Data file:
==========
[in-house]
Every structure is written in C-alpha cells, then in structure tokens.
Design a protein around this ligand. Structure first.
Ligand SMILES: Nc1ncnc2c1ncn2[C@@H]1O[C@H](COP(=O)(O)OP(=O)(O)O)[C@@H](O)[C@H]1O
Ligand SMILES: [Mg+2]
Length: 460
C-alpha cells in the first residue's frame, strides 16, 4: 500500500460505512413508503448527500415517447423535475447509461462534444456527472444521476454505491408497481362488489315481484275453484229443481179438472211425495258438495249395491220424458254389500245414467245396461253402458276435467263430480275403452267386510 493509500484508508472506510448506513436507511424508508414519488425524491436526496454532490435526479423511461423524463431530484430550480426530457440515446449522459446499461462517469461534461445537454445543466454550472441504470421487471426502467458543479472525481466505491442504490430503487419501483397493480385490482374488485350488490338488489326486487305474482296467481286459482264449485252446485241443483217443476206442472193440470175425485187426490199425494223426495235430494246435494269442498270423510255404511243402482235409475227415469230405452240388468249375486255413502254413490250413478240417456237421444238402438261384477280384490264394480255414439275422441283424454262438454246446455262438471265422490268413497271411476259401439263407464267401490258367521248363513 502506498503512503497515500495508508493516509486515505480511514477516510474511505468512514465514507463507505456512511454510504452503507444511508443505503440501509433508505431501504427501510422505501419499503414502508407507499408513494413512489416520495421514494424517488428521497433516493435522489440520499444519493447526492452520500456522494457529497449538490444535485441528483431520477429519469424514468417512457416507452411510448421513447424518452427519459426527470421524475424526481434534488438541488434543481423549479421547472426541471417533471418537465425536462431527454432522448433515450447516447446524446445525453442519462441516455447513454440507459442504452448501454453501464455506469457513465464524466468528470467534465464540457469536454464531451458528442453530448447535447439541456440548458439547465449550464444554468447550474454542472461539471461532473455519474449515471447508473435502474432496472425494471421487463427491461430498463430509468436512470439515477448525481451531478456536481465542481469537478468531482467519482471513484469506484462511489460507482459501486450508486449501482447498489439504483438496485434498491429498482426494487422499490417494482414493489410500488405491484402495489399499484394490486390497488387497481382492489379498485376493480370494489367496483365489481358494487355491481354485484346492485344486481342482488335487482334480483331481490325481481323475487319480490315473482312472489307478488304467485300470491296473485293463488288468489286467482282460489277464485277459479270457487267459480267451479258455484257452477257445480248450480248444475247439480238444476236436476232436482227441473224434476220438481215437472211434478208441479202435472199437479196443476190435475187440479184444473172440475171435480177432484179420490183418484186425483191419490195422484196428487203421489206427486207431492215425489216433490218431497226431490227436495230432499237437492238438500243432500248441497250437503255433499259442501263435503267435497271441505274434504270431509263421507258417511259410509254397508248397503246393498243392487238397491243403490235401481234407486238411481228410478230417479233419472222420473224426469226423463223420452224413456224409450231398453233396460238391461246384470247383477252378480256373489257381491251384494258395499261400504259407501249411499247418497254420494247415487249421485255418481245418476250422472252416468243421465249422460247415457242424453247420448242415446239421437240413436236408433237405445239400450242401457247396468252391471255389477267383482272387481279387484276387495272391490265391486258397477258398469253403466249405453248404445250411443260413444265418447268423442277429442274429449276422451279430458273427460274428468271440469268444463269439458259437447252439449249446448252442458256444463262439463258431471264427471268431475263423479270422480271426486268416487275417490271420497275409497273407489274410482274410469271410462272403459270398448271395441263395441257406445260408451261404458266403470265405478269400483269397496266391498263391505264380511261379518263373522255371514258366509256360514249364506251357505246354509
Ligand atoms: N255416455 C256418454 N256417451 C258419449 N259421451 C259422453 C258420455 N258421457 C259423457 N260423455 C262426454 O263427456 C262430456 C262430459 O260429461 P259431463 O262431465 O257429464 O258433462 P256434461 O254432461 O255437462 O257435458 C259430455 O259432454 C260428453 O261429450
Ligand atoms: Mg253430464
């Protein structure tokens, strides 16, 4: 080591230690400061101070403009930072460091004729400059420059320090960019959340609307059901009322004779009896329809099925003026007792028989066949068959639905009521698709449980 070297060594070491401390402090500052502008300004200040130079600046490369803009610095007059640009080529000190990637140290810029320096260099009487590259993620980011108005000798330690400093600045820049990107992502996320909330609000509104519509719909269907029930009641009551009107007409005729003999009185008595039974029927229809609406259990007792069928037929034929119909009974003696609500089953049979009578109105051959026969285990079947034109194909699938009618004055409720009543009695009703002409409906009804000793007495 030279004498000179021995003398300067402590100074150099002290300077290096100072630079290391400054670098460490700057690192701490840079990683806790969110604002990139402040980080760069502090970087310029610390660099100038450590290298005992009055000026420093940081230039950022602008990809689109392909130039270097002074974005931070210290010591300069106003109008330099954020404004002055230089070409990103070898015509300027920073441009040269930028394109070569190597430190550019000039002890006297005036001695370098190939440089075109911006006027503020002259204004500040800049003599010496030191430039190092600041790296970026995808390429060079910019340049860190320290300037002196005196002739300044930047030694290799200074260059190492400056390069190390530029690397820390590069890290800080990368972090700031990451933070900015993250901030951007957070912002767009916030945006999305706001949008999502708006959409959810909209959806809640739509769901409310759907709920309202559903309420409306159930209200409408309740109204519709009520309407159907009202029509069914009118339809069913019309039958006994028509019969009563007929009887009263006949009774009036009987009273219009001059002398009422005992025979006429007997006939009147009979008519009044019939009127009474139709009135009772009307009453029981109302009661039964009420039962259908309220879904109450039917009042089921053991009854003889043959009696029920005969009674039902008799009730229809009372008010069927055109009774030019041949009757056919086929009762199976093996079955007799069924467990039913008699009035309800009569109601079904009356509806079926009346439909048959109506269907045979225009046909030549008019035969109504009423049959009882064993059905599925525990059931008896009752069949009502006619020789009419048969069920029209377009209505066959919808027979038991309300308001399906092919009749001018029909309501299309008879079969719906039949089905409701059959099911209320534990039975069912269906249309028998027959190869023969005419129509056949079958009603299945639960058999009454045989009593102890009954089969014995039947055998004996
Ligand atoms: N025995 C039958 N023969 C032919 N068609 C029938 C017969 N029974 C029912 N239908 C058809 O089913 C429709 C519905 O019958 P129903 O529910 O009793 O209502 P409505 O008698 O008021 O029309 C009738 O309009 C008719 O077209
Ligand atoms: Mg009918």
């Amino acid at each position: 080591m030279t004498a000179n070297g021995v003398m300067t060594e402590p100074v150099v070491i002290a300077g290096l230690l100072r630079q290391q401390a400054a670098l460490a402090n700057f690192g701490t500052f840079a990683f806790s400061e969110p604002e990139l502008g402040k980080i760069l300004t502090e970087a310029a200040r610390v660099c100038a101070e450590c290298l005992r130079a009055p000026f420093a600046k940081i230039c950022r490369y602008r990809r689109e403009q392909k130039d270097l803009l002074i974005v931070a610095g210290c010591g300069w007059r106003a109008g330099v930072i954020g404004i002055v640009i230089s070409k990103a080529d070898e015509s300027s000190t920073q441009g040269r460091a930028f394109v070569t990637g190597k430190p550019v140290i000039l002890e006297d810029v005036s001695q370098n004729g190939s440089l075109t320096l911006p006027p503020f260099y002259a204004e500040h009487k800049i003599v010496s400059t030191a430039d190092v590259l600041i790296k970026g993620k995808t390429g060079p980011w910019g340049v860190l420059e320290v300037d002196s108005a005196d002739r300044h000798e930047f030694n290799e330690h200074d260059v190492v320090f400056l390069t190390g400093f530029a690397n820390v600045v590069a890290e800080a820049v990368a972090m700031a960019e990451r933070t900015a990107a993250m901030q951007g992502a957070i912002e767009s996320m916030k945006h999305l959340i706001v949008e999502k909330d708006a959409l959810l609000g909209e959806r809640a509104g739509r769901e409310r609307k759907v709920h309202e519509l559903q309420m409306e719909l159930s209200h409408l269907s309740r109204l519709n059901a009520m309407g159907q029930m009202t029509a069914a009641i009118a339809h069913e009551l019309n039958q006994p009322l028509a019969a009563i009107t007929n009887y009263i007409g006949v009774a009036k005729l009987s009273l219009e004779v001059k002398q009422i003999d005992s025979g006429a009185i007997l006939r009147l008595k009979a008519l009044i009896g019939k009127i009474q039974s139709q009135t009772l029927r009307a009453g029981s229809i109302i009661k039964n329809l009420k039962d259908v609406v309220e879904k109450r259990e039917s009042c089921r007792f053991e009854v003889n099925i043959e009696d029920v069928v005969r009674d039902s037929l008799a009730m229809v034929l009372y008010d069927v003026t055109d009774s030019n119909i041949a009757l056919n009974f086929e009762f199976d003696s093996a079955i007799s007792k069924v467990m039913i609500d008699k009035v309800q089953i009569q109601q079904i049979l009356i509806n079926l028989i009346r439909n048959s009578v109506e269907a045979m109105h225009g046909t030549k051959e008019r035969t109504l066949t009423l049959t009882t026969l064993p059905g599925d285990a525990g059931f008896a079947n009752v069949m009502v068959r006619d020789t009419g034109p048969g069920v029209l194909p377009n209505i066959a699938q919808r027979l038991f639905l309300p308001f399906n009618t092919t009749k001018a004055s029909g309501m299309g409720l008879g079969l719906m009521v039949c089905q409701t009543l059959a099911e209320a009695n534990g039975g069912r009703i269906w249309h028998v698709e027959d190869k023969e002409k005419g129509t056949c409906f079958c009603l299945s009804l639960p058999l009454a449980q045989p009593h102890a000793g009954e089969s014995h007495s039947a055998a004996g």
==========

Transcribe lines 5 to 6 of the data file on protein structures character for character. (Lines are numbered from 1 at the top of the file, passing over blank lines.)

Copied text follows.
Ligand SMILES: [Mg+2]
Length: 460